- Hail and wind storms: Windstorms and tropical storms can also create damages in your home. In 2011, Tropical Storm Irene damaged or destroyed 3,500 Vermont homes. It caused more than $700 million in losses.
- Snow and ice: Vermont’s northern location makes it prone to harsh winters. Heavy snow and ice can easily cause roof and foundation damage. It is important to ensure that your insurance policy includes reliable coverage from winter hazards, like snow and ice.
Home insurance coverage options in Vermont
Standard insurance policies provide the coverages most Vermont homeowners need, including dwelling, personal property, liability and loss of use insurance. However, Vermont homeowners may benefit from adding some additional coverages to their policy, including:
- Flood insurance: Flood insurance is not included in the standard home insurance policy. Not all insurance providers offer it, either. If you cannot find a provider, you can purchase a policy from FEMA’s National Flood Insurance Program.
- Valuables insurance: While most policies will include coverage for personal belongings, there are limits to what they will cover. Without adequate coverage, you could be left with the bill should you ever experience damages or a loss. If you have expensive valuables, talk to your agent about what coverage is right for you.
- Identity theft/fraud coverage: As the world continues to go digital, identity theft and fraud protection is more important than ever. Thankfully, many providers offer this coverage. Ask to see whether it is something included with your policy or an additional feature at an extra cost.
- Personal property replacement cost coverage: No one likes to lose their belongings. However, it is that much more heartbreaking when you do not have the right insurance. Personal property replacement cost coverage can ensure that you receive today’s pricing for yesterday’s favorite token.
Frequently asked questions
What is the best homeowners insurance in Vermont?
Based on our research, Concord Group offers the best combination of homeowners insurance coverages, discounts and affordable rates for Vermonters. Union Mutual also offers great discounts and optional coverages, like guaranteed home replacement cost coverage and equipment breakdown coverage.
How do I get homeowners insurance in Vermont?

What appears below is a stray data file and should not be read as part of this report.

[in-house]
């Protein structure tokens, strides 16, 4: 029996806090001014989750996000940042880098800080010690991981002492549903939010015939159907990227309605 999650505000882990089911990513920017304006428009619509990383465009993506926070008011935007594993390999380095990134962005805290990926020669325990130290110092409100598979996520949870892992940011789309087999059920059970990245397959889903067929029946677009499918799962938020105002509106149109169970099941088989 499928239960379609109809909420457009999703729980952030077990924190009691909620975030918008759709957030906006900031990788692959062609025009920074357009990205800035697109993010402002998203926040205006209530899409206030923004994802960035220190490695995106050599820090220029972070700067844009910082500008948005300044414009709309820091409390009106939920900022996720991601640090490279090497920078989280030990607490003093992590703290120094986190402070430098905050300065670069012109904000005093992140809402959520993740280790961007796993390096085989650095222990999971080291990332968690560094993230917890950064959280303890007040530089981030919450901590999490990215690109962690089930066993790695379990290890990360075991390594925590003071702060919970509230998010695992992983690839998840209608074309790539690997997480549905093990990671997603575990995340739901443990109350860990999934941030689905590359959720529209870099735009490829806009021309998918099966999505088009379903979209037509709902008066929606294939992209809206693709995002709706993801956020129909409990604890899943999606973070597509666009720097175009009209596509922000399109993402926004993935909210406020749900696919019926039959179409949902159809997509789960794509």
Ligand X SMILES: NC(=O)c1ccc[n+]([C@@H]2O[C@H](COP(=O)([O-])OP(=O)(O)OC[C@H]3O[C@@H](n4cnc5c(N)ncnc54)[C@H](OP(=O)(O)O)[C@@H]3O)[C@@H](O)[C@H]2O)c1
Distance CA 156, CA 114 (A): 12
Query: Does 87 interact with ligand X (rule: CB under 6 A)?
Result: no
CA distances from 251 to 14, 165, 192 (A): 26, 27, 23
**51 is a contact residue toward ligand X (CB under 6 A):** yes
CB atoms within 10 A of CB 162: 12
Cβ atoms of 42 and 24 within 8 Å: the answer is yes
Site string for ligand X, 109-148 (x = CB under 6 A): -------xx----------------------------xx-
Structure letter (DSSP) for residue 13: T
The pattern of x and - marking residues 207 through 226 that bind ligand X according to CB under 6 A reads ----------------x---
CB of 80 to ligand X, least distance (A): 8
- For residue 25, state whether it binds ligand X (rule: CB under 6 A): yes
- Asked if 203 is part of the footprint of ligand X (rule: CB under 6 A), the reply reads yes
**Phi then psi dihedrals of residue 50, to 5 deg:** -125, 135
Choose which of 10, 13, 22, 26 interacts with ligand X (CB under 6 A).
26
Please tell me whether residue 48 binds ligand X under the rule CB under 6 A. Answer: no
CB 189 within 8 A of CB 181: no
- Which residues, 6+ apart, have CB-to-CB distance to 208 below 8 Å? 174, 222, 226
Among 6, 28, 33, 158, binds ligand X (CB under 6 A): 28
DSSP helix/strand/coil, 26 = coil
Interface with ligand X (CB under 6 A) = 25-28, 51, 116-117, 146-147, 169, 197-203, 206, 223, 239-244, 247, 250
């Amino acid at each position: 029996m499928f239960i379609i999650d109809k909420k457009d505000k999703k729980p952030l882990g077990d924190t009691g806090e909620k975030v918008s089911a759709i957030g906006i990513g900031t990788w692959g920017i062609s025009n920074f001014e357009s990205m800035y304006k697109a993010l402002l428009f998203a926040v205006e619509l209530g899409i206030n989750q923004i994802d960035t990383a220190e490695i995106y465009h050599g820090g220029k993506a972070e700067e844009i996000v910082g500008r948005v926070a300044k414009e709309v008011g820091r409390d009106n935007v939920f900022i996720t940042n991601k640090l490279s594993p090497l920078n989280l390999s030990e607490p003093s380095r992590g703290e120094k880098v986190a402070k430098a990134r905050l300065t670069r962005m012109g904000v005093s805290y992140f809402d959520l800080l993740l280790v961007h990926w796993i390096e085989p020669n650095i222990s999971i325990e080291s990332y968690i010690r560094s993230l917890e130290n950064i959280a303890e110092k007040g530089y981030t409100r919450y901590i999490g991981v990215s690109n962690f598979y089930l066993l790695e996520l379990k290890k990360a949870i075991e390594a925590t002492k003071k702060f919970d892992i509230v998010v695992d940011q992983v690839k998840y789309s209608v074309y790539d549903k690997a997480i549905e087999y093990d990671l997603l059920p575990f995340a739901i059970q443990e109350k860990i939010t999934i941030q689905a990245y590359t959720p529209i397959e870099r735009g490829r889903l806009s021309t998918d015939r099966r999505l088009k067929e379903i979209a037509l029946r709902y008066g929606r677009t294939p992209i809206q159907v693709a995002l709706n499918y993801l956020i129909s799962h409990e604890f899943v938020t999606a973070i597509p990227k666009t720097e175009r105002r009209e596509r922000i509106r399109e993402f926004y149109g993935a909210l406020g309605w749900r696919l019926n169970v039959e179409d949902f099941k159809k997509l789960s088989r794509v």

Start your home insurance search by requesting quotes from our top four insurers. Most major home insurance companies provide quotes over the phone or online. And several companies operate local offices, where you can sit with an agent and discuss your coverage options.
Is Vermont homeowners insurance expensive?
No. Vermont homeowners pay below-average rates for homeowners insurance. The rate you pay will depend on several factors, including, the location of your home, its age and construction and its proximity to a fire station. Adding optional coverages, like flood insurance or home office coverage, will increase your rate, but provide greater protection.
What should a basic homeowners policy include?
For the best protection, make sure your policy includes dwelling, other structures, liability, loss of use and personal property coverages. You may also want to add a few optional coverages, like personal property replacement cost coverage and identity theft protection, to maximize your protection.
Bankrate utilizes Quadrant Information Services to analyze 2021 rates for all ZIP codes and carriers in all 50 states and Washington, D.C. Quoted rates are based on 40-year-old male and female homeowners with a clean claim history, good credit and the following coverage limits:
- Coverage A, Dwelling: $250,000
- Coverage B, Other Structures: $25,000
- Coverage C, Personal Property: $125,000
- Coverage D, Loss of Use: $50,000
- Coverage E, Liability: $300,000
- Coverage F, Medical Payments: $1,000
The homeowners also have a $1,000 deductible and a separate wind and hail deductible (if required).
These are sample rates and should be used for comparative purposes only. Your quotes will differ.